BEIJING – A well-known Tibetan writer said Wednesday that she and her husband have been placed under house arrest in Beijing as China plays host to U.S. State Secretary John Kerry for the latest round of U.S.-China talks.
Tsering Woeser, who has been advocating Tibetans rights, said state security officers arrived at her Beijing home late Tuesday evening, shortly after she and her husband Wang Lixiong returned from a trip.
The state security officers refused to give a reason for the home detention, but Tsering Woeser said she believes it is related to a dinner invitation she received from the U.S. Embassy, possibly with Kerry himself.
The U.S. Embassy in Beijing did not immediately reply Wednesday when asked for a comment.
Tsering Woeser was awarded the 2013 International Women of Courage Award by the U.S. State Department, but Beijing banned her from traveling to Washington to receive the award.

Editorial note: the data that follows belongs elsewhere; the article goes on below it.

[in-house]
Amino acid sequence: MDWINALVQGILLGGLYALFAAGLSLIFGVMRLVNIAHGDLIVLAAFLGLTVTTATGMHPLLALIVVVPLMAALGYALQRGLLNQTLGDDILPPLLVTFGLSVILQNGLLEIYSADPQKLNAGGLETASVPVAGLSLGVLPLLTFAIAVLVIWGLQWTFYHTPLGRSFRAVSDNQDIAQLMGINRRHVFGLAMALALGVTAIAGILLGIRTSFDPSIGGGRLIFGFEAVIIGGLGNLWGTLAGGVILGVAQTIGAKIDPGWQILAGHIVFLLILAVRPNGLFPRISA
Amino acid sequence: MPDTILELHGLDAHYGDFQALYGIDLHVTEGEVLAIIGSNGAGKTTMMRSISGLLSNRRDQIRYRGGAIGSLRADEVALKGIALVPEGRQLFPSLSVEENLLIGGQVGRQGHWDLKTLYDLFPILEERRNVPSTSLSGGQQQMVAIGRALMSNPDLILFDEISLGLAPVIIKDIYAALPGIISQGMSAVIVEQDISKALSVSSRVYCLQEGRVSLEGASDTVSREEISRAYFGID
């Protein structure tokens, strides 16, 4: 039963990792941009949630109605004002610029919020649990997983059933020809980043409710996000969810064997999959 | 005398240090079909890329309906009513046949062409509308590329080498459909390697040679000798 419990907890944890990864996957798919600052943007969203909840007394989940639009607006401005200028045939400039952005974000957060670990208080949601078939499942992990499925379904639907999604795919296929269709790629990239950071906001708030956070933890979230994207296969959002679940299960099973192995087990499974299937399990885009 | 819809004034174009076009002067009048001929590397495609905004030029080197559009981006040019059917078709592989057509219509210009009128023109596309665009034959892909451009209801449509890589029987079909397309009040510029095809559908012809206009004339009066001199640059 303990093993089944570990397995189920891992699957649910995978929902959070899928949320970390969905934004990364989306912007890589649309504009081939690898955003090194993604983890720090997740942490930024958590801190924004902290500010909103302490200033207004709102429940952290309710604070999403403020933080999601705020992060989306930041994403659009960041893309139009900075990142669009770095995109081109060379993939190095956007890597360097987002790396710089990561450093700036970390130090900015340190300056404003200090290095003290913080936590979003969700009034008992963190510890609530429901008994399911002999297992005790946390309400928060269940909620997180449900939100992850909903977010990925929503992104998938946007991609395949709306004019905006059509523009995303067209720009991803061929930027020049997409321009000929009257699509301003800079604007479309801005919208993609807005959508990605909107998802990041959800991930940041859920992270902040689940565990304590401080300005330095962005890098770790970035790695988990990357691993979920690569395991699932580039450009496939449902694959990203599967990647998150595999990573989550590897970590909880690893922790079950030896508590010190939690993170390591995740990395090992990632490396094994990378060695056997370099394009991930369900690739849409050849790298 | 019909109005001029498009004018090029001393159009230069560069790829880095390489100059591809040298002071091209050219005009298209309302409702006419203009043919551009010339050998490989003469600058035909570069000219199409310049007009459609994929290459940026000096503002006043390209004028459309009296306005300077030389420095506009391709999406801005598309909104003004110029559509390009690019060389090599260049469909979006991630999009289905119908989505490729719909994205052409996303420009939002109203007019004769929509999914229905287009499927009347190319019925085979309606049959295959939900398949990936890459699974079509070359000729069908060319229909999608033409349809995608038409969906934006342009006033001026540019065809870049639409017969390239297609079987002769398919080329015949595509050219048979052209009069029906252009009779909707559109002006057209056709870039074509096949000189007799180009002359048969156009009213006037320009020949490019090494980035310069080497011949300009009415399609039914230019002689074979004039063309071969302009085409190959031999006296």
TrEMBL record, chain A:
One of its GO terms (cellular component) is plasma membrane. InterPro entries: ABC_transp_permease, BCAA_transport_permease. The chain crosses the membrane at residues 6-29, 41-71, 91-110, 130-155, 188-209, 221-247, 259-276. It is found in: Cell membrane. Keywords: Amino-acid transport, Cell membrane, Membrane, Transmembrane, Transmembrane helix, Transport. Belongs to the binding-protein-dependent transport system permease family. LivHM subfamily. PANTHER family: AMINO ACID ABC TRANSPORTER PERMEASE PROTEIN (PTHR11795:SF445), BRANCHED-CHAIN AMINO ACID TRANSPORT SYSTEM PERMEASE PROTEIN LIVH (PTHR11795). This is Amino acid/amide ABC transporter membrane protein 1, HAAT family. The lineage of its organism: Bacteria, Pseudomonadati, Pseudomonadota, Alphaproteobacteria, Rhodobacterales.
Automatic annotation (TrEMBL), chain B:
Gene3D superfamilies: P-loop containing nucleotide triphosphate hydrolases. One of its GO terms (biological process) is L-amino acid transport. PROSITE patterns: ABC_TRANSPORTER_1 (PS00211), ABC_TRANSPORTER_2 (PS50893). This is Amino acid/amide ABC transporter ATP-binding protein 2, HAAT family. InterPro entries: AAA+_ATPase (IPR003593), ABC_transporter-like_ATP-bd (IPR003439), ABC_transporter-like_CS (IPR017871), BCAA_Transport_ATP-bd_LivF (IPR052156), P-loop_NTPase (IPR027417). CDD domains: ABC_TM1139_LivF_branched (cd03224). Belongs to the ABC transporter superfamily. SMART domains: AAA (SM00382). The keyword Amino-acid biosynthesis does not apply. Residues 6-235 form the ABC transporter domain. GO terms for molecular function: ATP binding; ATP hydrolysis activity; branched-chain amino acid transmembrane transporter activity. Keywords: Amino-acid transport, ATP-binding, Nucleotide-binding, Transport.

At the award ceremony, Kerry praised Tsering Woeser for her courageous writings on Tibetan people and their causes at a time of deteriorating human rights.
"Tsering Woeser has emerged as a clarion voice of the people, even as the Chinese government has worked to curtail the flow of information from Tibet," Kerry said at the time, according to a transcript posted on the State Department's website.
Tsering Woeser said the U.S. Embassy had called her while she and Wang were traveling outside Beijing to extend an invitation to a Wednesday dinner, which she said she accepted over the phone.
She said the embassy never said whom she would meet but she thought it could be Kerry, who wrote her a letter following last year's award.
"If I were to meet him, indeed, I would like to reply to his letter in person and offer my thanks," Tsering Woeser wrote on her Facebook page. "But regrettably, I am now under house arrest."